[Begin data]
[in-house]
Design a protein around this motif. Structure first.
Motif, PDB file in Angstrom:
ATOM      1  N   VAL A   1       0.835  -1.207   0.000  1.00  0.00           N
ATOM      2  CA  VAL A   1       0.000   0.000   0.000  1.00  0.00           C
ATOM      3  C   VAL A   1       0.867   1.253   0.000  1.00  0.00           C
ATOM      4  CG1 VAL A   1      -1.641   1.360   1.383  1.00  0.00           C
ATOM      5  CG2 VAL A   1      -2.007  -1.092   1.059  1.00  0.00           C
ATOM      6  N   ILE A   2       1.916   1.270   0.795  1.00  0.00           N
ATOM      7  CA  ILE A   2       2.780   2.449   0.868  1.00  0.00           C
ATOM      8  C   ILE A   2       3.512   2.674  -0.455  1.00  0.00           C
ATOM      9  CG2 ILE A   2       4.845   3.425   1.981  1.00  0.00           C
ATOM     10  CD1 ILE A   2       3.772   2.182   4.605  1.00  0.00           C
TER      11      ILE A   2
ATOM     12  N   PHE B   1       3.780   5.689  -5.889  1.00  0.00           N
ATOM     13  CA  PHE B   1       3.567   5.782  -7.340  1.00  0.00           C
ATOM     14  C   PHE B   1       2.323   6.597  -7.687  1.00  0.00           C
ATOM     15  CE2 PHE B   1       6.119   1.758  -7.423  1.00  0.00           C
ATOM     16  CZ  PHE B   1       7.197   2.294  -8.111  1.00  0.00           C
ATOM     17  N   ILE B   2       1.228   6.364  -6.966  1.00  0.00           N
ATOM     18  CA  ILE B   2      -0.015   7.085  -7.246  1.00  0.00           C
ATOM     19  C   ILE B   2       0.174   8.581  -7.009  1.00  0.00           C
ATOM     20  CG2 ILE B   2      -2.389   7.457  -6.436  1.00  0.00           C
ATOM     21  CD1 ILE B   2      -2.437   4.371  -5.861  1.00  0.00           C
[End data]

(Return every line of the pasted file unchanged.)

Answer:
[in-house]
Design a protein around this motif. Structure first.
Motif, PDB file in Angstrom:
ATOM      1  N   VAL A   1       0.835  -1.207   0.000  1.00  0.00           N
ATOM      2  CA  VAL A   1       0.000   0.000   0.000  1.00  0.00           C
ATOM      3  C   VAL A   1       0.867   1.253   0.000  1.00  0.00           C
ATOM      4  CG1 VAL A   1      -1.641   1.360   1.383  1.00  0.00           C
ATOM      5  CG2 VAL A   1      -2.007  -1.092   1.059  1.00  0.00           C
ATOM      6  N   ILE A   2       1.916   1.270   0.795  1.00  0.00           N
ATOM      7  CA  ILE A   2       2.780   2.449   0.868  1.00  0.00           C
ATOM      8  C   ILE A   2       3.512   2.674  -0.455  1.00  0.00           C
ATOM      9  CG2 ILE A   2       4.845   3.425   1.981  1.00  0.00           C
ATOM     10  CD1 ILE A   2       3.772   2.182   4.605  1.00  0.00           C
TER      11      ILE A   2
ATOM     12  N   PHE B   1       3.780   5.689  -5.889  1.00  0.00           N
ATOM     13  CA  PHE B   1       3.567   5.782  -7.340  1.00  0.00           C
ATOM     14  C   PHE B   1       2.323   6.597  -7.687  1.00  0.00           C
ATOM     15  CE2 PHE B   1       6.119   1.758  -7.423  1.00  0.00           C
ATOM     16  CZ  PHE B   1       7.197   2.294  -8.111  1.00  0.00           C
ATOM     17  N   ILE B   2       1.228   6.364  -6.966  1.00  0.00           N
ATOM     18  CA  ILE B   2      -0.015   7.085  -7.246  1.00  0.00           C
ATOM     19  C   ILE B   2       0.174   8.581  -7.009  1.00  0.00           C
ATOM     20  CG2 ILE B   2      -2.389   7.457  -6.436  1.00  0.00           C
ATOM     21  CD1 ILE B   2      -2.437   4.371  -5.861  1.00  0.00           C